Much of the unrest, violence and outright civil war in both England and Scotland during the fifteenth century resulted from the incapacity of a single man, the monarch, to govern effectively, or with wide-spread support. The personality and ability of the individual was paramount in creating a stable political environment, but the principle of inheritance could often result in the King being less competent than was desirable, as in the case of Henry VI in England, or just unpleasant and unpopular, like James III in Scotland.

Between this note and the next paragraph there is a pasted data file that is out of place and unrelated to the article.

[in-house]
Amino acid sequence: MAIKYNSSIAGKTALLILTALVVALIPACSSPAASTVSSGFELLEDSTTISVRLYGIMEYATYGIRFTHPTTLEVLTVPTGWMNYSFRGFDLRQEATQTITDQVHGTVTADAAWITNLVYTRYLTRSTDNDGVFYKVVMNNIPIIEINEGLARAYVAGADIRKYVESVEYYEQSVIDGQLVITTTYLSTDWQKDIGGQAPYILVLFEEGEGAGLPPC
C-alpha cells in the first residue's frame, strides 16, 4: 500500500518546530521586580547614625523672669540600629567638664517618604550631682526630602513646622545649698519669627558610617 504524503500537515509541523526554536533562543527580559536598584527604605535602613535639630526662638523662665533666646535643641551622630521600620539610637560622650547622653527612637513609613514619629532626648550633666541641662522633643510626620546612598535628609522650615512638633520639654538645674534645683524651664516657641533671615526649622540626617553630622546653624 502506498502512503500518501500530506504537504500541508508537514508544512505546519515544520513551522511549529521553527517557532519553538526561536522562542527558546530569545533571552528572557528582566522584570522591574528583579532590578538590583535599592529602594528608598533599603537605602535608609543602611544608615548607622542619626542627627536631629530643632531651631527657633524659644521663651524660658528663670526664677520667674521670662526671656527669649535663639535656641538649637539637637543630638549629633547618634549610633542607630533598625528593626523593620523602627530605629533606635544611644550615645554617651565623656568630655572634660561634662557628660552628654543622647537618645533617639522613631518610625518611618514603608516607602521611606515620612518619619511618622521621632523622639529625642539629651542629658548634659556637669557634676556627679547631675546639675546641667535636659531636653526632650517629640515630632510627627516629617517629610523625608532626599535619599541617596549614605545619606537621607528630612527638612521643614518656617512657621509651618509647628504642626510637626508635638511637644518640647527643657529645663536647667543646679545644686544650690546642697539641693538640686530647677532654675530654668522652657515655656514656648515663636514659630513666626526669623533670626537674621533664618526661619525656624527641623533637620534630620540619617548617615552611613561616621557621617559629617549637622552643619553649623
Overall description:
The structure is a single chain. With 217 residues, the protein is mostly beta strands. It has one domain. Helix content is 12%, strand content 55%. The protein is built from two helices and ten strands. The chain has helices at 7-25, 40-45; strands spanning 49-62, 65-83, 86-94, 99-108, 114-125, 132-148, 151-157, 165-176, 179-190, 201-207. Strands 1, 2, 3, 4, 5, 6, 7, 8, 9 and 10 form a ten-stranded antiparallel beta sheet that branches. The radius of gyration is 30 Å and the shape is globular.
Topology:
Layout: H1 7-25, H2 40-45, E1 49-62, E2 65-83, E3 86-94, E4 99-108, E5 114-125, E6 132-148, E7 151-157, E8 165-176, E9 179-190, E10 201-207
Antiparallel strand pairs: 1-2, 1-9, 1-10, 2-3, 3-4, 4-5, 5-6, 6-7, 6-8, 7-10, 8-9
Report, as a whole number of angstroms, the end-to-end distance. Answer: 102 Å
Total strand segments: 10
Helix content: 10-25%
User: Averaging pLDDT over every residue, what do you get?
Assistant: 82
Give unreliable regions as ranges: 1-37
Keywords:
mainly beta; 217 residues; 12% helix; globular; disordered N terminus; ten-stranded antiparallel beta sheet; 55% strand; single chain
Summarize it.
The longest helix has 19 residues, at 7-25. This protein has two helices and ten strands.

So, whilst lip-service was paid to primogeniture, if the result were unacceptable, like Richard II or Henry VI, then other options would be chosen. Scotland had a clear line of inheritance from parent to child throughout the century, but the situation in England was far more complex, with succession crises arising in every reign. As Parliament grew stronger, it began to demand involvement in the choice of successor, a claim that Elizabeth resisted to the end of her days.